In the description of sound::lock it says that two parts/pieces of data are used and two pointers apper as arguments to the function.
Returns a pointer to the beginning of the sample data for a sound.
unsigned int offset,
unsigned int length,
void ** ptr1,
void ** ptr2,
unsigned int * len1,
unsigned int * len2
with following explenation
Address of a pointer that will point to the first part of the locked data.
Address of a pointer that will point to the second part of the locked data. This will be null if the data locked hasn’t wrapped at the end of the buffer.
I have following questions:
(1) Why one needs two parts/pieces of locked data (two pointers)? For example, why not having just one chunk?
(2) What is meant precisely with the statement above "the data locked hasn’t wrapped at the end of the buffer"?
(3) What is meant by "to wrap at the end of the buffer"?
I can not visualise what is going on… In a way I understand that locking the buffer is fundamental if one wants get access to data (for whatever reason, analysis, etc). I would really like to understand the description of sound::lock in detail and accosicate information of how buffer is actually filled.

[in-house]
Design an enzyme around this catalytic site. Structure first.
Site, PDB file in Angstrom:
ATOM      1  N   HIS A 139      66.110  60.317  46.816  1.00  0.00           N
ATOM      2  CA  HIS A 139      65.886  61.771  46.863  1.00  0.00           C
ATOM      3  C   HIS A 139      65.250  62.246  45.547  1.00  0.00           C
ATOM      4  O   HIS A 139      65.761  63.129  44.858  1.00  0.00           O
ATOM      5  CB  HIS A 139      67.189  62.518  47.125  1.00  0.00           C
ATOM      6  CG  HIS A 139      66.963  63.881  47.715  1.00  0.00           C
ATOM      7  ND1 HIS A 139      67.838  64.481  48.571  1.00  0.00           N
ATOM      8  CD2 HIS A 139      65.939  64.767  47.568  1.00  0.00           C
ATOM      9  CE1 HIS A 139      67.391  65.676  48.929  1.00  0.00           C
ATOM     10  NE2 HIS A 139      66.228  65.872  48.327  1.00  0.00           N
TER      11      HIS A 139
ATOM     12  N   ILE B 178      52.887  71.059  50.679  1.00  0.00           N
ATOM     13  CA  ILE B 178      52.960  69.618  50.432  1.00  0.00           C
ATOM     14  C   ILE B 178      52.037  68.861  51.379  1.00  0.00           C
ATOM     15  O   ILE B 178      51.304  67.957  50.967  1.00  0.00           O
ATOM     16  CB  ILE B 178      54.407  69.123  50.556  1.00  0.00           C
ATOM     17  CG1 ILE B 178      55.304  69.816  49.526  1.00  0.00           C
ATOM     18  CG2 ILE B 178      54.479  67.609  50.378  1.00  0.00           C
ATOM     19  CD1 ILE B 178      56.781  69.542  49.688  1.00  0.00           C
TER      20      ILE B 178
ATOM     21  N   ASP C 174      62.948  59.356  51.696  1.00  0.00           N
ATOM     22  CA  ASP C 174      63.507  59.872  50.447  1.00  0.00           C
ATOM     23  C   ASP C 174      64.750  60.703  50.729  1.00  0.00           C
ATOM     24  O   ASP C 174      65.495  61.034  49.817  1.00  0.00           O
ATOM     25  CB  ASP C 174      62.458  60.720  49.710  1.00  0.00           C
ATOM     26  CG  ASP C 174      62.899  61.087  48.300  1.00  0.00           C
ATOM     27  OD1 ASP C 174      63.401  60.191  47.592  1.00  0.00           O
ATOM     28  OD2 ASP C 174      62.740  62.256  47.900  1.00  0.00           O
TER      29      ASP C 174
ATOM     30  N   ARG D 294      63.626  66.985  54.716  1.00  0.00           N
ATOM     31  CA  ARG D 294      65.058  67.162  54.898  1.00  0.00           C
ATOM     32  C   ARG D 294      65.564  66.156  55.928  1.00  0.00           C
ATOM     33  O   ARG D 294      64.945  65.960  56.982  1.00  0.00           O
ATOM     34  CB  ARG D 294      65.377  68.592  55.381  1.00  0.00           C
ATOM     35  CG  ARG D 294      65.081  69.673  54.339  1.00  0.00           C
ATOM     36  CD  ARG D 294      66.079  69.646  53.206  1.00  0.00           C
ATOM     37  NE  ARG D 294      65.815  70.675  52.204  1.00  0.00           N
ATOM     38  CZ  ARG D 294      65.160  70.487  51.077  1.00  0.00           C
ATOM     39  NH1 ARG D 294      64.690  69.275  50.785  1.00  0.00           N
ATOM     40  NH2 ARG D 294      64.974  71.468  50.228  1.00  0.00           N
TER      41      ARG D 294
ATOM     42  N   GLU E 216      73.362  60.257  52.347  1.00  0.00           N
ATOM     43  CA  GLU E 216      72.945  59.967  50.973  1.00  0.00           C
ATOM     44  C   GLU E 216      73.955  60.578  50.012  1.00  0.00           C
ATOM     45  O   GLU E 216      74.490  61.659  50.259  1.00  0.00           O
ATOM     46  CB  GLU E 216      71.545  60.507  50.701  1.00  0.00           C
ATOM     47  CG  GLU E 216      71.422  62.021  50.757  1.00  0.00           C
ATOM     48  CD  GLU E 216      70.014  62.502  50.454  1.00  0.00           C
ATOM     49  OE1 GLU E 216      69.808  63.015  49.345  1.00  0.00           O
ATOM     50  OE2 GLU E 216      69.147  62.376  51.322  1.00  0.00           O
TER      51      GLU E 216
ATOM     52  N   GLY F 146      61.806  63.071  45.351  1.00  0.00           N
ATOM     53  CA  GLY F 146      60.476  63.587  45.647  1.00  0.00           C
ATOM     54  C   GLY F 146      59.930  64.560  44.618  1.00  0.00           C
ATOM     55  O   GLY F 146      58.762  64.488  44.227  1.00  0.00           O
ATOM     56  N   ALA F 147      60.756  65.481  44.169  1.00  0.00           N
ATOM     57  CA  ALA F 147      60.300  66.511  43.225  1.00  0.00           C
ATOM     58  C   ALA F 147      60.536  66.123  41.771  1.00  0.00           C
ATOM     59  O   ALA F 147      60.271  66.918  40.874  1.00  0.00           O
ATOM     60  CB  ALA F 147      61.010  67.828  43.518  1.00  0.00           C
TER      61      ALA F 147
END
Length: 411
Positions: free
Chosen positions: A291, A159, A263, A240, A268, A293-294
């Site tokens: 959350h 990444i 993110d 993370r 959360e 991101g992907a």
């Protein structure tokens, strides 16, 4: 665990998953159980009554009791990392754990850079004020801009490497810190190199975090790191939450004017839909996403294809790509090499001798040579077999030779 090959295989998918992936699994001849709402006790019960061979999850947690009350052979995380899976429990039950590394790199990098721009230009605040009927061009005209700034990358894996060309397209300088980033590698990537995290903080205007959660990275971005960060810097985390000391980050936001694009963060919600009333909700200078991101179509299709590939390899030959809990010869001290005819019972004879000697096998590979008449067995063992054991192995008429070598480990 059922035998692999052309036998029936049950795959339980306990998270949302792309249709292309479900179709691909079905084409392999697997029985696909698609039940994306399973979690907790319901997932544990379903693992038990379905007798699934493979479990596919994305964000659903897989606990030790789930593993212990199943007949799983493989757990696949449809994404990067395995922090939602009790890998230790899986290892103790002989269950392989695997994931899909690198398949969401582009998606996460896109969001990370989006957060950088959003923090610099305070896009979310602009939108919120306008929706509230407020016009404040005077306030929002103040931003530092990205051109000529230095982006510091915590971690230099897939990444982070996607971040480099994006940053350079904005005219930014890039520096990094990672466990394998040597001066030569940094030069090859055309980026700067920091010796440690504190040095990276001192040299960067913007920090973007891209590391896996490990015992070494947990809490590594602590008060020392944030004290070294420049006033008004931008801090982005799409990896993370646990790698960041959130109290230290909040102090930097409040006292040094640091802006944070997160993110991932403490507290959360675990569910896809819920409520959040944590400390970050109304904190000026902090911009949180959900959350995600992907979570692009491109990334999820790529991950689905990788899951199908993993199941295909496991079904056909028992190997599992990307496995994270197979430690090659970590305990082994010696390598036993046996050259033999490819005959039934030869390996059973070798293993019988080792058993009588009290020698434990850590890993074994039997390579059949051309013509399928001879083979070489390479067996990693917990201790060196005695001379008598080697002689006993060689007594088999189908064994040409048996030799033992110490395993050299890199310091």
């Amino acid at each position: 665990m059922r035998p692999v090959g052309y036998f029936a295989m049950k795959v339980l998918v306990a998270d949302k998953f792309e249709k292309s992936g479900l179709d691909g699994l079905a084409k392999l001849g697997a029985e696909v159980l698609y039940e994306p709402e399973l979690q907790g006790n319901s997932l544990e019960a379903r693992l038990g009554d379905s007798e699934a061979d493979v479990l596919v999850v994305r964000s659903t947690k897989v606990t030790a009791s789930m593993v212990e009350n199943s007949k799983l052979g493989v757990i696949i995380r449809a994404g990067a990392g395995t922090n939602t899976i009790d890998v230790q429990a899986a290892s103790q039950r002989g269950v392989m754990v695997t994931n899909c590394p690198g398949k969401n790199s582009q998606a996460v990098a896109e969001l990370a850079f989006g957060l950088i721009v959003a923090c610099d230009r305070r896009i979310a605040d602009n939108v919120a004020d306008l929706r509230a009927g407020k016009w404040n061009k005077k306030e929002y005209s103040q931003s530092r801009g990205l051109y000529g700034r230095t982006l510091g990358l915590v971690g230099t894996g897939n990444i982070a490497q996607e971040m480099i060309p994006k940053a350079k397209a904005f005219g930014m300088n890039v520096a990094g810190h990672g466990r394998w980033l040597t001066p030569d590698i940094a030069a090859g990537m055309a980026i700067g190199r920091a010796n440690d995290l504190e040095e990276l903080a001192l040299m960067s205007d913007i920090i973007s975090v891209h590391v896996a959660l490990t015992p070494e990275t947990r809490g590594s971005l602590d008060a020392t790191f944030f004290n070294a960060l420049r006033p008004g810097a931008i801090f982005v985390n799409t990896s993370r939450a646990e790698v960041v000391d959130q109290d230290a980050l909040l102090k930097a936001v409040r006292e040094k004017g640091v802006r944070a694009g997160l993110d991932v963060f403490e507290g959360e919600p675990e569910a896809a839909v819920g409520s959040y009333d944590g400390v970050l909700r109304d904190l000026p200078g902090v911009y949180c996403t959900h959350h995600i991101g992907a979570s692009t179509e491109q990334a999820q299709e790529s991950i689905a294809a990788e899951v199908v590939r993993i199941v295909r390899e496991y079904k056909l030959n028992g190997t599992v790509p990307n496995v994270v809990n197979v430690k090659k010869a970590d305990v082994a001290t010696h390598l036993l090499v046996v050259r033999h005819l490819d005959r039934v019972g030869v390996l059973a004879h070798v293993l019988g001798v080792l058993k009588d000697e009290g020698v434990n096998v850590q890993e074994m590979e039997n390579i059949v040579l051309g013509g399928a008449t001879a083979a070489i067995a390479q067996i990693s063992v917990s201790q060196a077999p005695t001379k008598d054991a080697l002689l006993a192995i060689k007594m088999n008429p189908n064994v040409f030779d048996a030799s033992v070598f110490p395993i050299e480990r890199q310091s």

All the help appreciated.
- zorank asked 8 years ago
I’ve not looked into an example, but my first guess would be that ptr2/len2 will be a continuation of the data from ptr1/len1, something like this to rebuild the buffer for your understanding.
len = len1 + len2;
len = len1;
ptr = malloc(len);
memcpy(ptr, ptr1, len1);
memcpy(ptr + len1, ptr2, len2);
- a1psx answered 8 years ago
Many thanks for trying to help me out a1psx. I think I know now. Anyone interested in the answer please stay tuned…
I have added write statements to check how recordtodisk example behaves.
Conclusion is that FMOD uses circural buffer.
Two scenarios are possible. First one looks like this
and data from ptr1 to ptr1+len1 will be locked. In such a case ptr2 is null, len2=0.
Second scenario is
which corresponds to the situation where buffer is wrapped, and locked region starts from ptr1 to end, wraping back to ptr2 untill len2 is reached. In such a case len1=end-ptr1, ptr2=0 (denotes first address of the buffer).
- zorank answered 8 years ago
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